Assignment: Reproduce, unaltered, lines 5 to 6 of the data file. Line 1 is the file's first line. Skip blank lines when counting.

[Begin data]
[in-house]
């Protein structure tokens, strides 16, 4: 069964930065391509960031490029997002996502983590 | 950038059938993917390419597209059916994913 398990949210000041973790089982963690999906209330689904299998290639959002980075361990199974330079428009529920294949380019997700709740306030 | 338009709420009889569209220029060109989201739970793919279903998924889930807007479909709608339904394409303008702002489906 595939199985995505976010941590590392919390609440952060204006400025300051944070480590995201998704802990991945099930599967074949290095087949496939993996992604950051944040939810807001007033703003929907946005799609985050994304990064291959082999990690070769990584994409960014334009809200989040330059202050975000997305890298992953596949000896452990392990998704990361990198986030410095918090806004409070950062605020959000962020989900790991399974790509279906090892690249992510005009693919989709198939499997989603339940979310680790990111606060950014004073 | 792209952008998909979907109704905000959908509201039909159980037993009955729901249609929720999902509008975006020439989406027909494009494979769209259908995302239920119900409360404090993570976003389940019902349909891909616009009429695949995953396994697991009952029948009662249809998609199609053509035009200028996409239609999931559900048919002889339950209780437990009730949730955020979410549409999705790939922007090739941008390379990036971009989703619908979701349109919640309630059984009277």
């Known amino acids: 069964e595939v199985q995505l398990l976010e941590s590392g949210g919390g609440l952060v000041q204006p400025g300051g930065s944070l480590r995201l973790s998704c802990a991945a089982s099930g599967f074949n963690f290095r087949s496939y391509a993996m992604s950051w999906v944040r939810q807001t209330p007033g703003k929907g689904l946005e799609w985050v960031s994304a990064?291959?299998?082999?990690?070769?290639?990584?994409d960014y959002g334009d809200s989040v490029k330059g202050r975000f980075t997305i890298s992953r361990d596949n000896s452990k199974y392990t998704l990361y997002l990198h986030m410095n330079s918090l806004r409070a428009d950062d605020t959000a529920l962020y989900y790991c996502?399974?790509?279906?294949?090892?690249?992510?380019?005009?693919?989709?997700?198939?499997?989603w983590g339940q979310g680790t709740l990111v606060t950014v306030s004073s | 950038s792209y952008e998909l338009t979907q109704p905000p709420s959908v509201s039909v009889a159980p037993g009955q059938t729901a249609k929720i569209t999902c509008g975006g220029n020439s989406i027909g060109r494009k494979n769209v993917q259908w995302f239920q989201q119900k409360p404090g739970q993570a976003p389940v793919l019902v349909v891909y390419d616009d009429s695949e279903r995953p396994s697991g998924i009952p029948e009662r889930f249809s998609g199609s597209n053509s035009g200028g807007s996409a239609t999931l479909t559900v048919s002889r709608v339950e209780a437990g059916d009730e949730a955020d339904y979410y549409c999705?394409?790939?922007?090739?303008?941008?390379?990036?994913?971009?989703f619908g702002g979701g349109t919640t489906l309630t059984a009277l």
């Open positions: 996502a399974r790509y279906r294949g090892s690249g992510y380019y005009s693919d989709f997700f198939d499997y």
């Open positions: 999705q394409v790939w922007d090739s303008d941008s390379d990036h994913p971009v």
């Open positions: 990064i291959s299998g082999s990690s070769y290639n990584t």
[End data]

């Open positions: 999705q394409v790939w922007d090739s303008d941008s390379d990036h994913p971009v």
């Open positions: 990064i291959s299998g082999s990690s070769y290639n990584t």